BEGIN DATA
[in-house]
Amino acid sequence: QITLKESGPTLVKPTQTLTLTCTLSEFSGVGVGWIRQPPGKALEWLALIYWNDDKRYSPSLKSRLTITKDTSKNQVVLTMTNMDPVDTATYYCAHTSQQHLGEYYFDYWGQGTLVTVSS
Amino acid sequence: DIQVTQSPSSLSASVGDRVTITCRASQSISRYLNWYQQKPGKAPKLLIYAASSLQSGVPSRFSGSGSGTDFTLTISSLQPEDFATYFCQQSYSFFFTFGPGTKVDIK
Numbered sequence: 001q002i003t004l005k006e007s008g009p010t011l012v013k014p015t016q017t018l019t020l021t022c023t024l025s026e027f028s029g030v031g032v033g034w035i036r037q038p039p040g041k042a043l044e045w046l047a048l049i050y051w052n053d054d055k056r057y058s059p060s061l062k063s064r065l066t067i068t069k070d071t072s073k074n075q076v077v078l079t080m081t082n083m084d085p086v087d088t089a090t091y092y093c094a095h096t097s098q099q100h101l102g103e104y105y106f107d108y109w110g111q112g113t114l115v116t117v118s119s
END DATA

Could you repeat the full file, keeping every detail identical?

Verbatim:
[in-house]
Amino acid sequence: QITLKESGPTLVKPTQTLTLTCTLSEFSGVGVGWIRQPPGKALEWLALIYWNDDKRYSPSLKSRLTITKDTSKNQVVLTMTNMDPVDTATYYCAHTSQQHLGEYYFDYWGQGTLVTVSS
Amino acid sequence: DIQVTQSPSSLSASVGDRVTITCRASQSISRYLNWYQQKPGKAPKLLIYAASSLQSGVPSRFSGSGSGTDFTLTISSLQPEDFATYFCQQSYSFFFTFGPGTKVDIK
Numbered sequence: 001q002i003t004l005k006e007s008g009p010t011l012v013k014p015t016q017t018l019t020l021t022c023t024l025s026e027f028s029g030v031g032v033g034w035i036r037q038p039p040g041k042a043l044e045w046l047a048l049i050y051w052n053d054d055k056r057y058s059p060s061l062k063s064r065l066t067i068t069k070d071t072s073k074n075q076v077v078l079t080m081t082n083m084d085p086v087d088t089a090t091y092y093c094a095h096t097s098q099q100h101l102g103e104y105y106f107d108y109w110g111q112g113t114l115v116t117v118s119s